Tempers flared outside the school gates on Tuesday after a handful of EFF members arrived and were refused entry. But the pupils involved have said they do not want things to get out of hand.
Police were called to the school twice and several armed response security vehicles were parked nearby as the thwarted group, including pupils, gathered outside the locked gates.
They had demanded to speak directly to principal Kieran Stear about the alleged racism at the school.
At least five teachers at the school had been under investigation after a group of pupils accused them of racism.
Stear confirmed last week that she had received an antiracism petition, signed by 107 pupils, as well as first-hand accounts of alleged racist incidents at the school.
The reports were handed to the education department for further investigation.
Thembinkosi Mfama, the EFF political head of the Zola Nqini cluster in the Uitenhage area, said it had been asked by the aggrieved pupils to intervene in the matter.
Some of the pupils who had laid the complaints confirmed that they had asked the EFF to intervene.
However, the EFF’s efforts to meet Stear on Tuesday failed.
Their frustration increased when provincial education department representative Andile Hopa could also not convince management to open the gates.
Mfama told him: “Let us clarify you on a few things, Mr Hopa – one, we are not very pleased that we are speaking with you outside the premises of this school.
“You, as the superior of the principal inside – and the entire student governing body – you were supposed to be inside [the school] and summoning the principal to meet with us.
“We want to tell you, Mr Hopa – [and] we wanted to tell you inside the meeting so that all of the stakeholders could hear this point – we don’t have confidence in you that you’re going to resolve this matter.
“We are going to take up this matter as the EFF.
“This is not a threat, it’s a commitment that we’re making today.”
Mfama said the EFF would ensure that the school was no longer one that, according to him, “seeks to harbour racism”.
“It’s no longer going to be a school that seeks to dehumanise black people.
“And we’re going to champion that without the assistance of the department of education because we’ve done it before where we’ve not been assisted by government or any department.
“We’re not going to call you ever again. You will just hear from a phone call from the principal that the EFF is here to close the school.”
Mfama said the EFF’s approach was going to be “more radical and militant” next time.
He said the girls who had complained about racism had adopted a “soft” approach and “it landed on deaf ears”.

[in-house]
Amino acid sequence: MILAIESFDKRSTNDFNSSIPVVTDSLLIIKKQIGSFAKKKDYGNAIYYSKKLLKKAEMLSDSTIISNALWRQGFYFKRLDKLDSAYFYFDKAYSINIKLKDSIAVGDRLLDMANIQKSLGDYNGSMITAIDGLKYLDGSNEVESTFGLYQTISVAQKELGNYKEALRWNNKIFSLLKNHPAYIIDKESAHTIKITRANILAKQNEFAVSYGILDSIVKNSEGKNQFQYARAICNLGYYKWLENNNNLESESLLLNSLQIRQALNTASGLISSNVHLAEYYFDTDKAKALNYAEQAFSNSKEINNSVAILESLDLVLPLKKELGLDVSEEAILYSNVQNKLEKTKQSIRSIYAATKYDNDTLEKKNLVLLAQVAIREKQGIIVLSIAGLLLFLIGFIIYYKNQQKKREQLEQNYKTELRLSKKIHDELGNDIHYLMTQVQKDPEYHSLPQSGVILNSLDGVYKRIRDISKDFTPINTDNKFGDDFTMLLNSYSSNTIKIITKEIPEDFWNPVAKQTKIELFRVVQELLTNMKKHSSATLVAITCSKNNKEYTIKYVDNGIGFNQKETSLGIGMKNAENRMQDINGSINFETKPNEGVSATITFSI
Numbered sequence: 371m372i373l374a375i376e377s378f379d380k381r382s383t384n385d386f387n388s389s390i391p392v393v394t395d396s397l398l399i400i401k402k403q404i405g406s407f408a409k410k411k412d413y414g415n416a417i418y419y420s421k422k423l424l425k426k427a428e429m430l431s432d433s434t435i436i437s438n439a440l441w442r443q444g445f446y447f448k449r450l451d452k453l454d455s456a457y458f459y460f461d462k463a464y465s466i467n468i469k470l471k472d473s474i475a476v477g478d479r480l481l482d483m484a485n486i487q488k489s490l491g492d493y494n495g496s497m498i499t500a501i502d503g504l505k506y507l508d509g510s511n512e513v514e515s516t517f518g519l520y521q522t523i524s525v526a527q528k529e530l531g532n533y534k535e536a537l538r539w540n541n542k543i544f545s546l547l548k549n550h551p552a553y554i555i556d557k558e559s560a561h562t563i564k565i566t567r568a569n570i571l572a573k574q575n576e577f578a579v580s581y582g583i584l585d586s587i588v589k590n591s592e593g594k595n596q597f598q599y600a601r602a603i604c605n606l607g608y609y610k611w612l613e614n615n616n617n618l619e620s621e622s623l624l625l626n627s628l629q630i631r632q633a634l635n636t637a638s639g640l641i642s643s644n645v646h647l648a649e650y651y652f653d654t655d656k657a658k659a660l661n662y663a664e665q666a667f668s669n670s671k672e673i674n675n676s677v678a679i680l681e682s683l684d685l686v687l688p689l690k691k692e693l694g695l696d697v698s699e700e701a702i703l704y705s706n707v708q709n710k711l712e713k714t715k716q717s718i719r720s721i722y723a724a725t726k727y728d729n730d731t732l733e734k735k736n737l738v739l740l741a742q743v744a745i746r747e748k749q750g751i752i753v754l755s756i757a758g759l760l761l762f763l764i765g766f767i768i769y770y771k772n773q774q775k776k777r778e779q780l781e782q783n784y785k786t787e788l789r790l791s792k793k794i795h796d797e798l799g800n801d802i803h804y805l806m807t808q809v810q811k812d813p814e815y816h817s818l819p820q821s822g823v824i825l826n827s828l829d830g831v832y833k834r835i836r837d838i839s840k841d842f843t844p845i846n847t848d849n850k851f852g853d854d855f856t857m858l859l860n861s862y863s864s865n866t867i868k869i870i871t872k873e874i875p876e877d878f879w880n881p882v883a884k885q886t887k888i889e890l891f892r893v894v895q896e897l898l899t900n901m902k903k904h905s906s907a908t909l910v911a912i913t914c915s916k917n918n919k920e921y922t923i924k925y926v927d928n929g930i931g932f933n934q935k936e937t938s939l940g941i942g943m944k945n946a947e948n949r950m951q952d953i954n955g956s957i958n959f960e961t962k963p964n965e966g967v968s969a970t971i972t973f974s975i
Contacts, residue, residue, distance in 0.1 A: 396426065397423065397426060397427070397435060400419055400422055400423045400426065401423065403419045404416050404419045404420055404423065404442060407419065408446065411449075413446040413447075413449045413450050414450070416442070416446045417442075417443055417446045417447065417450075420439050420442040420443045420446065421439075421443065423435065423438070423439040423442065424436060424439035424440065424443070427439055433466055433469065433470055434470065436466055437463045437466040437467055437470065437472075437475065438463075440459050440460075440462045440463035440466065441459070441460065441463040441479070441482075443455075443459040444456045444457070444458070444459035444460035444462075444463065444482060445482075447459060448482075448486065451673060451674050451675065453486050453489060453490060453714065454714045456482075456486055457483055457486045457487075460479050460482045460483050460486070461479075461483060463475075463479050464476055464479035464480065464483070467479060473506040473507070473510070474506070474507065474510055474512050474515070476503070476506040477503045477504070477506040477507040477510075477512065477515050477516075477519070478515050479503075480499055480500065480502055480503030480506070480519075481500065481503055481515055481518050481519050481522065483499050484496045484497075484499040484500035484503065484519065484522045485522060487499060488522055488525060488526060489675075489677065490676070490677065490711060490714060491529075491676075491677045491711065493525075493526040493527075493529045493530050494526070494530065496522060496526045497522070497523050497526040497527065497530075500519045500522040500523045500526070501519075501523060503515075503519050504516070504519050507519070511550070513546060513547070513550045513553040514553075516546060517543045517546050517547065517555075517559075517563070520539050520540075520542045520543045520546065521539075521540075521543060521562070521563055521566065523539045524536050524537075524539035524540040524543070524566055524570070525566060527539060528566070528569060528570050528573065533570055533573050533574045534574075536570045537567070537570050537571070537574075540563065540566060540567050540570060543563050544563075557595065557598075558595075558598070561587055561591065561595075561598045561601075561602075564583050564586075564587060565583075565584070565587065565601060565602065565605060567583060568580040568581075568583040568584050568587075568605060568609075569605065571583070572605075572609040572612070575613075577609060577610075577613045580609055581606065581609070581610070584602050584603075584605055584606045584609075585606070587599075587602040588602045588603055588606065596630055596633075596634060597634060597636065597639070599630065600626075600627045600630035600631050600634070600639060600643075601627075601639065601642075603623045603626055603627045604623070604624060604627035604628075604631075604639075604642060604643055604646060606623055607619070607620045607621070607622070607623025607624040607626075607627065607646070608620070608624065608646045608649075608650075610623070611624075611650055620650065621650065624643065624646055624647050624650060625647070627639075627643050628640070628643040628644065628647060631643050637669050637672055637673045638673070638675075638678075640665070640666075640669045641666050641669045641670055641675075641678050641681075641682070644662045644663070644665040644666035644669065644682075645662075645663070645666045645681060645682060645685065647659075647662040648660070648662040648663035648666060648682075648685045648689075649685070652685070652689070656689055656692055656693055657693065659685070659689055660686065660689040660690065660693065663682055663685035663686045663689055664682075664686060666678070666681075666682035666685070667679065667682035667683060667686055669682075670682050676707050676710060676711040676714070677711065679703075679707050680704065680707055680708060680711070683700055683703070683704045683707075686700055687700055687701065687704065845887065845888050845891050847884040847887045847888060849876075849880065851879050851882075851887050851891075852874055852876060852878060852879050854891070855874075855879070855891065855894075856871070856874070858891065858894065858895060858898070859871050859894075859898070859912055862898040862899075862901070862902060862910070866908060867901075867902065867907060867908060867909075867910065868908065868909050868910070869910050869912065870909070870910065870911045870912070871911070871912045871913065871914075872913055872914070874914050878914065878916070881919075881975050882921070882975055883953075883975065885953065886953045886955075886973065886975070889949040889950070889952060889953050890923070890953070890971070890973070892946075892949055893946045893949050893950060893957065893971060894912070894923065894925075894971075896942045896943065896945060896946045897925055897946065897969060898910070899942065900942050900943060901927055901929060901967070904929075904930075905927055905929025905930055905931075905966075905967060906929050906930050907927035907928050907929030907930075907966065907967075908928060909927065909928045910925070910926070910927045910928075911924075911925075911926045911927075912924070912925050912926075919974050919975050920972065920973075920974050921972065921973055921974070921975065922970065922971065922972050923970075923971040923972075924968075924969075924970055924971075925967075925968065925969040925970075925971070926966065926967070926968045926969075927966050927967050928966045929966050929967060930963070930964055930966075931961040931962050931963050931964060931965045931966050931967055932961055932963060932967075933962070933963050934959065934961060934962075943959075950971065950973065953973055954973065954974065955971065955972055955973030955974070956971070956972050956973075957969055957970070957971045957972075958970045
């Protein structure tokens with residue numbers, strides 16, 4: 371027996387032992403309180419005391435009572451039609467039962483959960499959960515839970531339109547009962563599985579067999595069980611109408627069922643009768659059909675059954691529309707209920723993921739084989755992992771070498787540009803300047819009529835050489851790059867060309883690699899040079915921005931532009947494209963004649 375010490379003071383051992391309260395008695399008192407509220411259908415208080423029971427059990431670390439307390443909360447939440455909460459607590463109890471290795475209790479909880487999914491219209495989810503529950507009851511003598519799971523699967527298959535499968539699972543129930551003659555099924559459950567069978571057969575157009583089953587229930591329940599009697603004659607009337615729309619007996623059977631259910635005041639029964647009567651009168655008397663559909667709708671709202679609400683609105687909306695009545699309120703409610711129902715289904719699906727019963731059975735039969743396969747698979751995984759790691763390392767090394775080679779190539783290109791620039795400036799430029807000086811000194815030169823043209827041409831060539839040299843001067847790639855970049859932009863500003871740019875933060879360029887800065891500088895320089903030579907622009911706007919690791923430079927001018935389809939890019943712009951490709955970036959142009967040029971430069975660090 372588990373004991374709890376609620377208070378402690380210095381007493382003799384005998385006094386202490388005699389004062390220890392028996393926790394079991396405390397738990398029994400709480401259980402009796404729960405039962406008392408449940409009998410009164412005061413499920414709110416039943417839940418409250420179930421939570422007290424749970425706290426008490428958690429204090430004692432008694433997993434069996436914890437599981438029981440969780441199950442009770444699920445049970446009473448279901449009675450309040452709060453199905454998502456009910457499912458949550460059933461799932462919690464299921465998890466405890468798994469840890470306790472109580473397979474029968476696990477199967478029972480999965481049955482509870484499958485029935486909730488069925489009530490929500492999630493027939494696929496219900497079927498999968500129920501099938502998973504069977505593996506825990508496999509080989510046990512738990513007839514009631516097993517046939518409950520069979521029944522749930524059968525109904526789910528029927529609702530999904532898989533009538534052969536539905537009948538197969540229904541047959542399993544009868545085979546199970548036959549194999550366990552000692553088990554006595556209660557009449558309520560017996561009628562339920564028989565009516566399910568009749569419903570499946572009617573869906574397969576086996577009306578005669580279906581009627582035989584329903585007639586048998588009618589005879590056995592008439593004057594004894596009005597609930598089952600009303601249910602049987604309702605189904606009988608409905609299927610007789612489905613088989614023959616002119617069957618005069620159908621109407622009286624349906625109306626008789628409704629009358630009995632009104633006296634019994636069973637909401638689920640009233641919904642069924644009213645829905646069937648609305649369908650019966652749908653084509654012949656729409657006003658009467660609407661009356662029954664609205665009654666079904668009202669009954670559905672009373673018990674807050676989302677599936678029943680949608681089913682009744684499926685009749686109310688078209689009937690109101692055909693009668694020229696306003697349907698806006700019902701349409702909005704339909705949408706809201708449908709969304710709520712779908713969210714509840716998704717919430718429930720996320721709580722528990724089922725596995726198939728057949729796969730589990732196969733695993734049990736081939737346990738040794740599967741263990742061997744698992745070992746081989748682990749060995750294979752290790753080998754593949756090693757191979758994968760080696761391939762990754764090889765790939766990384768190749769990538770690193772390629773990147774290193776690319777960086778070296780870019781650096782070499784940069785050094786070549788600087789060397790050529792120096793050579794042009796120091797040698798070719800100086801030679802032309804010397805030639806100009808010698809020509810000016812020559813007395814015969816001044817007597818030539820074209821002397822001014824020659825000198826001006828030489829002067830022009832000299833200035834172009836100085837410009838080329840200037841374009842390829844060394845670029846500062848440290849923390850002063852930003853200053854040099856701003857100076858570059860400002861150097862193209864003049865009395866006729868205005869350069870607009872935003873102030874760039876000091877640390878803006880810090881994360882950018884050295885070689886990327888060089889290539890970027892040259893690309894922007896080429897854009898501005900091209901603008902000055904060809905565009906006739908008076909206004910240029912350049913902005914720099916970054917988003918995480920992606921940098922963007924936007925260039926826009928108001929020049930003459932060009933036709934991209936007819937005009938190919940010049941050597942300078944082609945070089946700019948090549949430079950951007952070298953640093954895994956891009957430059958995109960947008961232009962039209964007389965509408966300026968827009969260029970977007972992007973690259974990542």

However, the pupils at the centre of the petition, who asked not to be named, said on Tuesday they did not want things to spiral out of control.
“I mean, we are still hurt by what the teachers said, obviously, but I don’t want things to get out of hand,” one said.
Another pupil said: “The school must address the situation in a fair and transparent way, that’s what we have asked for.
“We want public apologies from the teachers who called [us] ‘you people’ as if we are less than human.”
Hopa said the investigation was still ongoing.
Despite earlier assurances by a security officer that Stear would come out to address the EFF members and the pupils, the principal did not show up.
“We are not violent, we wanted to engage in a peaceful meeting, but she [Stear] beefed up security and police were called, so it shows us that whenever they see black people they see a threat,” EFF member Vusumzi Gqalane said.
“We are making a decision right now that we’re fed up with white supremacists and institutionalised racism.
“I can tell you right here and right now [that] we’re going to come back with the region of the EFF and close down this school.”
On Monday, Eastern Cape education spokesperson Malibongwe Mtima said the investigation had been concluded.
He said the investigation found that some statements made by teachers “were taken out of context completely”.
“In some cases, educators may have said something that could be considered to be less than sensitive.
“As a whole, no evidence of racism or malice could be found,” he said.
“Educators are often reminded to be careful with saying things that may be considered to be insensitive, even if it is said jokingly.”
He said the department was satisfied with the manner in which the principal and teachers had addressed the matter.
“Views and opinions were respected in the process, and all had been given an opportunity to respond to ensure fairness, including ensuring that all processes undertaken are just and promoting equality among those in each school community,” he said.
He said the department did not condone racism.
“We apologise to anyone who has suffered such tragedy in our department.
“We have zero tolerance on any form of racism.
“Any official or learner found guilty of doing such will be dealt with according to the law.”
However, Mtima backtracked completely on Tuesday, saying that the investigation was still ongoing.
“We are in the process of ascertaining how these incidents happened so that the implicated teachers could get training in social cohesion, how to treat children equally and for them to understand why racism is wrong.”
The reporters could also not access the school to speak to Stear and phone calls later in the day went answered.
By: Herald Live
This report does not necessarily reflects the opinion of SA-news.